Illustration of a Short Gamma-Ray Burst Caused by a Collapsing Star

This illustration depicts a collapsing star that is producing two short gamma-ray jets. Just before a massive, collapsing star explodes as a supernova, we often observe a gamma-ray burst (a brief explosion of gamma-ray radiation) if the jets are pointed toward Earth. Most known supernova-produced gamma-ray bursts are “long” (lasting more than two seconds), but one called GRB 200826 was “short” (lasting just 0.6 second). Astronomers think this, and possibly other short supernova-produced gamma-ray bursts, appeared short because the jets of gamma rays aren’t strong enough to completely escape the star. This would produce jets that are shorter in both length and duration.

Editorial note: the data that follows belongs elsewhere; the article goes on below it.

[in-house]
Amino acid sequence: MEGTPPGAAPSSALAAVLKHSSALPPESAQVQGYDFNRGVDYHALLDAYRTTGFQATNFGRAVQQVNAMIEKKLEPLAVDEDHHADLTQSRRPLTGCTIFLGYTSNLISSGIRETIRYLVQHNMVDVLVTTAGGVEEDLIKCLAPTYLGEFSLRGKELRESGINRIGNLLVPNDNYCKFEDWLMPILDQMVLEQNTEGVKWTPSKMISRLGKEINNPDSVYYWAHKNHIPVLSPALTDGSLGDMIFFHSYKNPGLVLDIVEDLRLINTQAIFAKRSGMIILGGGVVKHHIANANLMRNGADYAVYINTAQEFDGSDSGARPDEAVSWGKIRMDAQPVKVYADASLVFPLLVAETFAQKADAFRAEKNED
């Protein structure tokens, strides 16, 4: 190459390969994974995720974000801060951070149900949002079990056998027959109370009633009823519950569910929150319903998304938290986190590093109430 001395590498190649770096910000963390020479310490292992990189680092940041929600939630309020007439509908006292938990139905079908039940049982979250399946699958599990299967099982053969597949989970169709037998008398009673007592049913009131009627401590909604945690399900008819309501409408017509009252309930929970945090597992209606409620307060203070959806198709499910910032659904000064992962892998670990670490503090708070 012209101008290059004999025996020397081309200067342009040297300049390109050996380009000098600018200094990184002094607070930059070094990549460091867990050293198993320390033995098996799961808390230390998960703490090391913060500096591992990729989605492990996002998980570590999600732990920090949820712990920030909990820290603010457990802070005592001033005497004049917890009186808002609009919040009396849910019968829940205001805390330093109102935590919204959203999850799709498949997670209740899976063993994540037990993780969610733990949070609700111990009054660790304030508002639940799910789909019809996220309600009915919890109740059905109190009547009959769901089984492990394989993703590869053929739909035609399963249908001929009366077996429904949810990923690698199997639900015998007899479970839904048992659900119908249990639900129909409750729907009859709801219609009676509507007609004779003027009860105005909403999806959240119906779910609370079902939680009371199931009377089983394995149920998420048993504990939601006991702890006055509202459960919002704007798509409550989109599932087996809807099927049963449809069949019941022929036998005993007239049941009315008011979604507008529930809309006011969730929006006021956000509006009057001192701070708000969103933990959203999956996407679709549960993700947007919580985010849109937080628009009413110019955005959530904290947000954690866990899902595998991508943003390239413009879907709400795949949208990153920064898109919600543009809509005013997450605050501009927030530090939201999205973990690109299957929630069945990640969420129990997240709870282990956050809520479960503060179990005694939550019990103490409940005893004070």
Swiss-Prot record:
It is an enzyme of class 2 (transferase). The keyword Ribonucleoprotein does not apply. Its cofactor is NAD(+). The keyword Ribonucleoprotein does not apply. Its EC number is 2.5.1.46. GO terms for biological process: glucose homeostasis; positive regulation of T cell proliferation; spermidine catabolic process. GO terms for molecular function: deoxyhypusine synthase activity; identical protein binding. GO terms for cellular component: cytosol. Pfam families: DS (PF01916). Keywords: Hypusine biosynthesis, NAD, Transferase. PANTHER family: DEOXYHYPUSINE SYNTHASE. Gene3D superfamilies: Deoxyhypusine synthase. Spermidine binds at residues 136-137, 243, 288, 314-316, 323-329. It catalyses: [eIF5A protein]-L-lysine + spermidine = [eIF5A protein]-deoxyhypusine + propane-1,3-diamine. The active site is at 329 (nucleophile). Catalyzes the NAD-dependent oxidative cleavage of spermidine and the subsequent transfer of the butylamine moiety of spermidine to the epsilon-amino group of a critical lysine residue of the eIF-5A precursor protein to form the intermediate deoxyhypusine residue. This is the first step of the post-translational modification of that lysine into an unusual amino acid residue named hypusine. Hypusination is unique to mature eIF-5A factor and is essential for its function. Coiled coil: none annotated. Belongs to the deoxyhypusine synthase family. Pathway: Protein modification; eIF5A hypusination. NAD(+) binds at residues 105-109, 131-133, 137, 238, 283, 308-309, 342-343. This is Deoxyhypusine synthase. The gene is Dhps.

Credit:

International Gemini Observatory/NOIRLab/NSF/AURA/J. da Silva 

Image processing: M. Zamani (NSF's NOIRLab)

About the Image

Id:noirlab2121a
Type:Artwork
Release date:July 26, 2021, 8 a.m.
Related releases:noirlab2121
Size:5120 x 2880 px

About the Object


Image Formats

Large JPEG
3.1 MB
Screensize JPEG
125.1 KB

Zoomable


Wallpapers

1024x768
174.3 KB
1280x1024
267.2 KB
1600x1200
376.0 KB
1920x1200
439.9 KB
2048x1536
611.7 KB